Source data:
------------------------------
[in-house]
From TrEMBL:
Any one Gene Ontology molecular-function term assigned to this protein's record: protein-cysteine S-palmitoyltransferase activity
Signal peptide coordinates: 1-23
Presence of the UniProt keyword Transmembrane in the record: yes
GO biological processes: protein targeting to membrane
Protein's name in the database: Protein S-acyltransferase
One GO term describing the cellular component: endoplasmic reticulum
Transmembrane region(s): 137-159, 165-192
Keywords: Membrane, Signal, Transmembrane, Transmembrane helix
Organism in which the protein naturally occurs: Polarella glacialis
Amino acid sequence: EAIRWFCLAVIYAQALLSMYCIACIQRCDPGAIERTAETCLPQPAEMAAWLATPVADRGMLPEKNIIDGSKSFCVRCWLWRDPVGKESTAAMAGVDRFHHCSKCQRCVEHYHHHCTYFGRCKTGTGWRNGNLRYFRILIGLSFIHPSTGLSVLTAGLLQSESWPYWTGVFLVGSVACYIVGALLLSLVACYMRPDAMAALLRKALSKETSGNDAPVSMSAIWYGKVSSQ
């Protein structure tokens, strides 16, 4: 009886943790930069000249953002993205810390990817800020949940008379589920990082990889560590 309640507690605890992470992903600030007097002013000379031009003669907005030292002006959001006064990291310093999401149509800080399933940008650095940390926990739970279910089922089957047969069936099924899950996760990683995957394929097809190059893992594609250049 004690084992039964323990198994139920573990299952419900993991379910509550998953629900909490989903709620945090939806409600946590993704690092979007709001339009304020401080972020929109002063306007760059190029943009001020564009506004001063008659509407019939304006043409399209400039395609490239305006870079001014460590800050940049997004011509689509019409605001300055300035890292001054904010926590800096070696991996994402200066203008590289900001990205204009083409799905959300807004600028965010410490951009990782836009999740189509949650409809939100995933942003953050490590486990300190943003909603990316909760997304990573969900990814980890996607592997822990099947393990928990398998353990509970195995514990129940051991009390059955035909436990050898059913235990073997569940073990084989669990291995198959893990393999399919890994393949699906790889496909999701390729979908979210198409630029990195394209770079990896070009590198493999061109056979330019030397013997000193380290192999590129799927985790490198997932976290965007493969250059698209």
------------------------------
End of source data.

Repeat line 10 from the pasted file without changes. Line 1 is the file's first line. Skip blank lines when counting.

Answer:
Keywords: Membrane, Signal, Transmembrane, Transmembrane helix